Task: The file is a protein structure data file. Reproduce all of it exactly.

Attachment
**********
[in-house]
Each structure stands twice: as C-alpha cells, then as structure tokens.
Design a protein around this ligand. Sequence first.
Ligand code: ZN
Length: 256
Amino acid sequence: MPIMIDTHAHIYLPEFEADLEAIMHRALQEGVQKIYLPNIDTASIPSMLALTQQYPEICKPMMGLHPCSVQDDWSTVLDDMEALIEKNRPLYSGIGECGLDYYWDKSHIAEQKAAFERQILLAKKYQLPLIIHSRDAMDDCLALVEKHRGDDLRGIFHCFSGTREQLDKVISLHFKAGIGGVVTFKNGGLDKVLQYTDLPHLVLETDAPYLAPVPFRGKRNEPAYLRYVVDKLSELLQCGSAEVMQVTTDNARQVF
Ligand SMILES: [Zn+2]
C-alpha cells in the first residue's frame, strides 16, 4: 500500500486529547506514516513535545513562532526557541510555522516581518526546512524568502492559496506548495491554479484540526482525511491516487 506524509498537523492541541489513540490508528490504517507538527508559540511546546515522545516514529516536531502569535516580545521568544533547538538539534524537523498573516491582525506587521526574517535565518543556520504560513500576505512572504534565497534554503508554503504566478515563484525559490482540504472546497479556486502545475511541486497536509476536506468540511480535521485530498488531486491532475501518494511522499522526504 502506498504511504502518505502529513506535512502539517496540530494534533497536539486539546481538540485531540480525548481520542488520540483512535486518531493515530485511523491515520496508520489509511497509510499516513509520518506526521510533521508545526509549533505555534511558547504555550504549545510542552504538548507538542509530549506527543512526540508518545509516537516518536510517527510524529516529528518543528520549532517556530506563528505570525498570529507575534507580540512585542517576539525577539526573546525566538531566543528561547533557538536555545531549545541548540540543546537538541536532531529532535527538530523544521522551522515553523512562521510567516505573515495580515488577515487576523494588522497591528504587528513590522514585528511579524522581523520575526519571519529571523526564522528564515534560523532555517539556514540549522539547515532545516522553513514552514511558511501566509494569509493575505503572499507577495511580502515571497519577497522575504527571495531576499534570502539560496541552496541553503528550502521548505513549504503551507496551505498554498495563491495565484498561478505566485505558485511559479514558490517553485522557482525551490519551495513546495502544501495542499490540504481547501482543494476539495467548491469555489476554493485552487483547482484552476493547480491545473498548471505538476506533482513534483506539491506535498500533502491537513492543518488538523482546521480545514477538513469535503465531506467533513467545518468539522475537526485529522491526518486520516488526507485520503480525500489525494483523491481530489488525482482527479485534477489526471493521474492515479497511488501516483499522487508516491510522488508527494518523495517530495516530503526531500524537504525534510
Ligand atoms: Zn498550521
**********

[in-house]
Each structure stands twice: as C-alpha cells, then as structure tokens.
Design a protein around this ligand. Sequence first.
Ligand code: ZN
Length: 256
Amino acid sequence: MPIMIDTHAHIYLPEFEADLEAIMHRALQEGVQKIYLPNIDTASIPSMLALTQQYPEICKPMMGLHPCSVQDDWSTVLDDMEALIEKNRPLYSGIGECGLDYYWDKSHIAEQKAAFERQILLAKKYQLPLIIHSRDAMDDCLALVEKHRGDDLRGIFHCFSGTREQLDKVISLHFKAGIGGVVTFKNGGLDKVLQYTDLPHLVLETDAPYLAPVPFRGKRNEPAYLRYVVDKLSELLQCGSAEVMQVTTDNARQVF
Ligand SMILES: [Zn+2]
C-alpha cells in the first residue's frame, strides 16, 4: 500500500486529547506514516513535545513562532526557541510555522516581518526546512524568502492559496506548495491554479484540526482525511491516487 506524509498537523492541541489513540490508528490504517507538527508559540511546546515522545516514529516536531502569535516580545521568544533547538538539534524537523498573516491582525506587521526574517535565518543556520504560513500576505512572504534565497534554503508554503504566478515563484525559490482540504472546497479556486502545475511541486497536509476536506468540511480535521485530498488531486491532475501518494511522499522526504 502506498504511504502518505502529513506535512502539517496540530494534533497536539486539546481538540485531540480525548481520542488520540483512535486518531493515530485511523491515520496508520489509511497509510499516513509520518506526521510533521508545526509549533505555534511558547504555550504549545510542552504538548507538542509530549506527543512526540508518545509516537516518536510517527510524529516529528518543528520549532517556530506563528505570525498570529507575534507580540512585542517576539525577539526573546525566538531566543528561547533557538536555545531549545541548540540543546537538541536532531529532535527538530523544521522551522515553523512562521510567516505573515495580515488577515487576523494588522497591528504587528513590522514585528511579524522581523520575526519571519529571523526564522528564515534560523532555517539556514540549522539547515532545516522553513514552514511558511501566509494569509493575505503572499507577495511580502515571497519577497522575504527571495531576499534570502539560496541552496541553503528550502521548505513549504503551507496551505498554498495563491495565484498561478505566485505558485511559479514558490517553485522557482525551490519551495513546495502544501495542499490540504481547501482543494476539495467548491469555489476554493485552487483547482484552476493547480491545473498548471505538476506533482513534483506539491506535498500533502491537513492543518488538523482546521480545514477538513469535503465531506467533513467545518468539522475537526485529522491526518486520516488526507485520503480525500489525494483523491481530489488525482482527479485534477489526471493521474492515479497511488501516483499522487508516491510522488508527494518523495517530495516530503526531500524537504525534510
Ligand atoms: Zn498550521